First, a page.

Their need is interrupting our blessing!

As Jesus and his disciples were leaving Jericho, a large crowd followed him. Two blind men were sitting by the roadside, and when they heard that Jesus was going by, they shouted, “Lord, Son of David, have mercy on us!”

The crowd rebuked them and told them to be quiet, but they shouted all the louder, “Lord, Son of David, have mercy on us!”

Jesus stopped and called them. “What do you want me to do for you?” he asked.

“Lord,” they answered, “we want our sight.”

Jesus had compassion on them and touched their eyes. Immediately they received their sight and followed him. Matthew 20:29-45

The crowd objected to the two blind men stealing (or at the very least, delaying) their blessing. “Your need is interrupting our blessing!” What worried them so much? Was it that they thought Jesus only had so much to give, so much in his bag of blessings, and if he stopped to give something to these derelicts, it’ll take something away from them? Or was it that the atmosphere was charged with excitement and anticipation of what he was going to do for them, like participants on a TV game show, they were waiting to see if they’d won the daily double? And the game show host was distracted from his job of handing out the prizes to them!

By the way, I called the blind men “derelicts” because in their day, just about the only way a blind person could survive was to beg, like these two “on the roadside.” They were like the person we see on the city sidewalk or at the traffic light holding a sign that says, “Fell on hard times, anything helps!” I for one am annoyed when the driver in front of me is holding up traffic while digging through her purse trying to find something to give that “derelict!” I’ve got places to go, people to see, things to do – for God!

Is that what the American church is saying when challenged to know and serve and love the poor? Have you heard about the pastor of a megachurch in So Cal who, when discussing the plans with the church board about building a huge campus for the thousands who attended on Sundays? They had saved millions of dollars for the project and were finalizing their plans for an impressive (and expensive) complex. The pastor, known for his radical compassion for the poor, spoke up:  “Hey, instead of buildings, why don’t we construct a much less expensive amphitheater, and give the rest of the money to the poor?!” A shocked pause followed, which lasted until one of the board members with a incredulous look on his face said, “Well… what will we do when it rains?!” The pastor also paused, looking for the right words, and then replied, “Uh… get wet?”  The need of the poor was interrupting their blessing!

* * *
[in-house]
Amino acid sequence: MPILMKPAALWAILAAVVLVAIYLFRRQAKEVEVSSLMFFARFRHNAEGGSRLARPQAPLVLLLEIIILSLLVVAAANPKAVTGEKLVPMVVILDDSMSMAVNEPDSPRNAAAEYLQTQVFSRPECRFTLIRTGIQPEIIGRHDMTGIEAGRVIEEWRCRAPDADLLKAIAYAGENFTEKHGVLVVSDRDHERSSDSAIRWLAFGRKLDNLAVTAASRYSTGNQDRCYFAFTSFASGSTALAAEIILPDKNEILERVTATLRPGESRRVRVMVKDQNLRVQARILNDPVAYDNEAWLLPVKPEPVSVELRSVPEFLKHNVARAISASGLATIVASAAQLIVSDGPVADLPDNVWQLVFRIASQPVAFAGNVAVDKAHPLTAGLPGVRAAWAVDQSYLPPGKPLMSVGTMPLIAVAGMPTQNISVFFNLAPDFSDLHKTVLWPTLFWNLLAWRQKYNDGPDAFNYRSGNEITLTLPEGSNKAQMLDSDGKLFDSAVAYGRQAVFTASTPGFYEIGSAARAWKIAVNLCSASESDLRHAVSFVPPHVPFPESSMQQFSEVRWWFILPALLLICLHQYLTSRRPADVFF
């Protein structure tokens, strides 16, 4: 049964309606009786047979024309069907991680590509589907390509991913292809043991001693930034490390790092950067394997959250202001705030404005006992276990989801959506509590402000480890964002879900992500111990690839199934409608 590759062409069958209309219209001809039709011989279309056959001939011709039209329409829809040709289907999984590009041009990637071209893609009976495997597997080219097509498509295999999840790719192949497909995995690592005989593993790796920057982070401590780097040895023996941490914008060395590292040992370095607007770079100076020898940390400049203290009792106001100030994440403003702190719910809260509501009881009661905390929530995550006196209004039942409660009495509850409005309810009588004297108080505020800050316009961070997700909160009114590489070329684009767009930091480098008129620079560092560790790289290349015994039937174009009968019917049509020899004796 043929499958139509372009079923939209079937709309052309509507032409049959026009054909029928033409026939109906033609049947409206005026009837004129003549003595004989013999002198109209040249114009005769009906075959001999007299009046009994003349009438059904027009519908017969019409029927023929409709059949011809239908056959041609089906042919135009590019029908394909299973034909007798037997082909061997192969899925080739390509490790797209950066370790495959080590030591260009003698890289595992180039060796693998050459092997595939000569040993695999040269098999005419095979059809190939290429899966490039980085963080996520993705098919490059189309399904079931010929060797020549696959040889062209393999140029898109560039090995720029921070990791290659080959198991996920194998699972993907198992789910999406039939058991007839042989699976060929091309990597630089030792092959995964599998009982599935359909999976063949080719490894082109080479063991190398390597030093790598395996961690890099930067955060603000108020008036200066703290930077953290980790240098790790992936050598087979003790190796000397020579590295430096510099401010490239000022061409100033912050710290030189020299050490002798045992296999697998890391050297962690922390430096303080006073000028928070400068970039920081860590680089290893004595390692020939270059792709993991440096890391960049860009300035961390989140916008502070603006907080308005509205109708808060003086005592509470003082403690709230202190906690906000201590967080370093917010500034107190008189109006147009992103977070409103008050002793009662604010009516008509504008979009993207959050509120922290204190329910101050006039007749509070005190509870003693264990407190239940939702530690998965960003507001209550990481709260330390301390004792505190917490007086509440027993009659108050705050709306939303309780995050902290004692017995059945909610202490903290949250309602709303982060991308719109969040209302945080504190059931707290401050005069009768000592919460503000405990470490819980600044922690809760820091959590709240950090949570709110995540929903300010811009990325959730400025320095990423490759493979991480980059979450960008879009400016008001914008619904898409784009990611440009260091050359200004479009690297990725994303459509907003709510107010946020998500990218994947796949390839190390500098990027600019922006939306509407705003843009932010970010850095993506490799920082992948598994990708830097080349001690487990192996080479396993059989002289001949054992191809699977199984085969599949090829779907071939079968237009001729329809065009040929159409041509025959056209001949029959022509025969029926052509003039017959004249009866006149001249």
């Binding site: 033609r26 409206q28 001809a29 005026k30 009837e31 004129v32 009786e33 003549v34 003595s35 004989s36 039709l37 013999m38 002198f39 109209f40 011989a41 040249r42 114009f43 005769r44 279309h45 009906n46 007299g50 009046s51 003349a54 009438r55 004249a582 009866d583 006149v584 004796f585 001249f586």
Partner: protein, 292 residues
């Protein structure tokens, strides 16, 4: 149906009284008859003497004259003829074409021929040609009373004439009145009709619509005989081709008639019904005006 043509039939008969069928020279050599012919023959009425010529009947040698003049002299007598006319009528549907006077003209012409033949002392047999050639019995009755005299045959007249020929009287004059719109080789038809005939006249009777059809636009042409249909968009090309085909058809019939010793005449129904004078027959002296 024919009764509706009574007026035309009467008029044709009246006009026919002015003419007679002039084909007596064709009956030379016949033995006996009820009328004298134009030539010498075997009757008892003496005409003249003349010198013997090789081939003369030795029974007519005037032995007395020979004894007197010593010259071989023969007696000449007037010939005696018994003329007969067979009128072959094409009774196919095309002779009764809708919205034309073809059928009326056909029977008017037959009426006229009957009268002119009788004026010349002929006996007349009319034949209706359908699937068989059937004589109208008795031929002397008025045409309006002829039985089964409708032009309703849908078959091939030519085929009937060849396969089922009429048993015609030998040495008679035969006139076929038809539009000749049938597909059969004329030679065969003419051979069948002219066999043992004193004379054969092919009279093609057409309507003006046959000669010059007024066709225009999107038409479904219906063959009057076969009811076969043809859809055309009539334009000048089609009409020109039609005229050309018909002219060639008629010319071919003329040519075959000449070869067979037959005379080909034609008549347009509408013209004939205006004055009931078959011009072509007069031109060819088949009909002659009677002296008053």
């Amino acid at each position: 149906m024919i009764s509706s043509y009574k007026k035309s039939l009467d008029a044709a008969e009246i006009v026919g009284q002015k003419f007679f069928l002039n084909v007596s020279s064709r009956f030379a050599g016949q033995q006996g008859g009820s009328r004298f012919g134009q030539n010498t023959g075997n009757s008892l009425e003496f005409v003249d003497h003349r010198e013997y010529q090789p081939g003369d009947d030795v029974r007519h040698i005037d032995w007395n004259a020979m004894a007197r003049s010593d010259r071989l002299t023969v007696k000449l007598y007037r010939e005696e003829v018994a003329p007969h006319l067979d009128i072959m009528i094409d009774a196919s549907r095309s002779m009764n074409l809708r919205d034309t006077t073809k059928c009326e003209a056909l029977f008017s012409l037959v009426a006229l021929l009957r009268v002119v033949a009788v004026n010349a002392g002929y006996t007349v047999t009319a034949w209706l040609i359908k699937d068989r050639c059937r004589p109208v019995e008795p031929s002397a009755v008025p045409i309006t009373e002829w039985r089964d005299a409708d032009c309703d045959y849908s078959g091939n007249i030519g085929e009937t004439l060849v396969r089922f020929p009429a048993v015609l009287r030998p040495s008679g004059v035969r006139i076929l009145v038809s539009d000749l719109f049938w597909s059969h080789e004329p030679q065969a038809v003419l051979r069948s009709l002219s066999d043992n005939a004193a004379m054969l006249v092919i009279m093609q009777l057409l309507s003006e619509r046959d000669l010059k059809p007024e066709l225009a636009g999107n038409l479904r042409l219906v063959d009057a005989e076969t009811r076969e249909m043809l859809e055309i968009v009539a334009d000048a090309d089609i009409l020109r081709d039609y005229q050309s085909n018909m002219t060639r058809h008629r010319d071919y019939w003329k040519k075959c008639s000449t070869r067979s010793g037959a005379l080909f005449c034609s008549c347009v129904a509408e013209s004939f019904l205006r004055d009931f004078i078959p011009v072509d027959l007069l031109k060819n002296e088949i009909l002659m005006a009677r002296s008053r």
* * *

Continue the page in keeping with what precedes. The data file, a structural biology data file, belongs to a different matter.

Jesus, in contrast to the blessing seekers, had “compassion” on the two hurting men. To the annoyance of the riders, he stopped the blessing bus, climbed down and transformed the reality of two forgotten travellers. Oh, and when they received their sight, is it any surprise that they also “followed him”? It says at the beginning of the passage that the large crowd (of blessing chasers) “followed him” too, but I suspect that their “following” was drastically different than the following of the two formerly blind beggars. The one followed hoping something would fall out of his pockets (so to speak) and into theirs. My guess is that the other followed out of gratitude, most likely hoping to actually become familiar with the man of mercy.  Crowds of people gather on Sundays, a portion of which are “followers” of the former sort – blessing-mongers many, annoyed by the interruptions to the acquisition of their comfort and contentment. Another portion are thankful followers, grateful for any mercy falling on them from the compassionate one, who stopped the bus long enough for them to get on.

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